Yorkshire Water to build pounds 28m wood-fuelled power plant
Friday 12 June 1998
Yorkshire Water is spearheading the venture, known as ARBRE, in partnership with the technology developer TPS Termiska Processor of Sweden and the Royal Schelde Group of the Netherlands (85:10:5 split respectively).
The pounds 28m plant will project electricity by using wood chips from forest residues and short rotation coppice to generate gas to drive turbines. It will be capable of producting 10 mega-watts of electricy, 8MW of which will be exported to the local grid - enough to meet the daily demands of more than 18,000 people.
Yorkshire Water's chief executive, Dr Kevin Bond, said that as well as facilitating land regeneration, the planting of large areas of coppice would provide a valuable outlet for the disposal of sewage sludge generated by the company's regulated business, Yorkshire Water Services.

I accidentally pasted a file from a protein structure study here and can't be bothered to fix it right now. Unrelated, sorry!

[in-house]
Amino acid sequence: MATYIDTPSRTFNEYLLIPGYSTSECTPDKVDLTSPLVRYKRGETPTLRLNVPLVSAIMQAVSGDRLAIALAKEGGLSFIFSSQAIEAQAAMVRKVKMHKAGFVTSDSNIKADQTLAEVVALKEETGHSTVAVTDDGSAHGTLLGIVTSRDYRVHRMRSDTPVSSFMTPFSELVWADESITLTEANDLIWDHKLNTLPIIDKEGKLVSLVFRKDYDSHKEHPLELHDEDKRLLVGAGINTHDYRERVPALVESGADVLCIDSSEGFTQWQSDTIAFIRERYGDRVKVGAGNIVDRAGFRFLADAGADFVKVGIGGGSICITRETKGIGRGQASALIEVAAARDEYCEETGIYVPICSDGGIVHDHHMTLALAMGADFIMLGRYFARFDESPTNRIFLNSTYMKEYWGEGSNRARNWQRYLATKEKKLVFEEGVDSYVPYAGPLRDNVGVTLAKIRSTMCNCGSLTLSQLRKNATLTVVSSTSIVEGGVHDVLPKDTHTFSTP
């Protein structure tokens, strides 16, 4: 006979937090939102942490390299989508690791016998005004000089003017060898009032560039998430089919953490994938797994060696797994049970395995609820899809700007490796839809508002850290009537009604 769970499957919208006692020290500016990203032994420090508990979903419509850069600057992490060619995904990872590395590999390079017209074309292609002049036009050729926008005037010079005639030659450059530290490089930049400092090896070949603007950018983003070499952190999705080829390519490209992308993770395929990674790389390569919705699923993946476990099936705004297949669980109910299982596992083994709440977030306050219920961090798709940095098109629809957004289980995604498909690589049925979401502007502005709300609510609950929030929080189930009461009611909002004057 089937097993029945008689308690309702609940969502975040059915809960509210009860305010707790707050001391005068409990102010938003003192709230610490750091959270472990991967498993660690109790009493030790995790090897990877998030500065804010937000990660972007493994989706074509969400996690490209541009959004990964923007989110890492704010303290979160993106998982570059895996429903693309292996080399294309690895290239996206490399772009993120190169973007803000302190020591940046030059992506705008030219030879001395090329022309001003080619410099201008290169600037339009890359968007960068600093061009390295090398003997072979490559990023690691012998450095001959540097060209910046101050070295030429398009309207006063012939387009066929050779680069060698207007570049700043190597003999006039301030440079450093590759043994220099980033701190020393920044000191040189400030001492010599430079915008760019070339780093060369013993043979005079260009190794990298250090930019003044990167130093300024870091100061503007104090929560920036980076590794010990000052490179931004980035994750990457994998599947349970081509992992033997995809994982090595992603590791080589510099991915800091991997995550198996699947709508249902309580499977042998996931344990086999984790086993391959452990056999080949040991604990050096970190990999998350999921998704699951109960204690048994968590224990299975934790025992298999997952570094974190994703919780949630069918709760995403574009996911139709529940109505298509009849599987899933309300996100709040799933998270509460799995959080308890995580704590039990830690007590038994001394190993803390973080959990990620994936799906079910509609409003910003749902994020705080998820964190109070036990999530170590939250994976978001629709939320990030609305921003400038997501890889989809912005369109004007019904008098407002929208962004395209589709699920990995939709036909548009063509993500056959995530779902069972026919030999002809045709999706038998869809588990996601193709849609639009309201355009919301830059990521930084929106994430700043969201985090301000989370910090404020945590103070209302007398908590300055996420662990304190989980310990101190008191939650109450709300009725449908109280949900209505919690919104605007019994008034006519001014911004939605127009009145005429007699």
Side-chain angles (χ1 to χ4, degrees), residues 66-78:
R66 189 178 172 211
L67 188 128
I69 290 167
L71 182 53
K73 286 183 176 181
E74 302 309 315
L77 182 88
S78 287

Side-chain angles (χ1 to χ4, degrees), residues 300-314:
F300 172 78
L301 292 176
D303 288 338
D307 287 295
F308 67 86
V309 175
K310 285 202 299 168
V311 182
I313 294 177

The project has already received pounds 10m support from the European Union's TERMIE programme, which aims to increase European renewable energy sources from 5 to 12 per cent by 2010. It has also been included in the UK government's non-fossil fuel obligation which is to support and develop renewable electricity generating projects which are both economically viable and environmentally sustainable.
The company said local farmers are being enouraged to adopt the new arable crop. "As well as offering farmers the opportunity to diversify, the coppice requires a far lower input of pesticides and other agrochemicals than conventionally-farmed arable crops. The coppice also provides attractive habitat for game birds, song birds and butterflies," the company added.
It said the wood fuel is clean and can be produced sustainably while the plant's emissions will be significantly lower than a coal-fired power station's.
The first electricity is scheduled to be produced at the end of 1999.
Forest Enterprise, the commercial arm of the Forestry Commission, will supply a significant amount of the plant's wood chip fuel needs, with more and more fuel gradually being harvested from fields of short rotation coppice willow.
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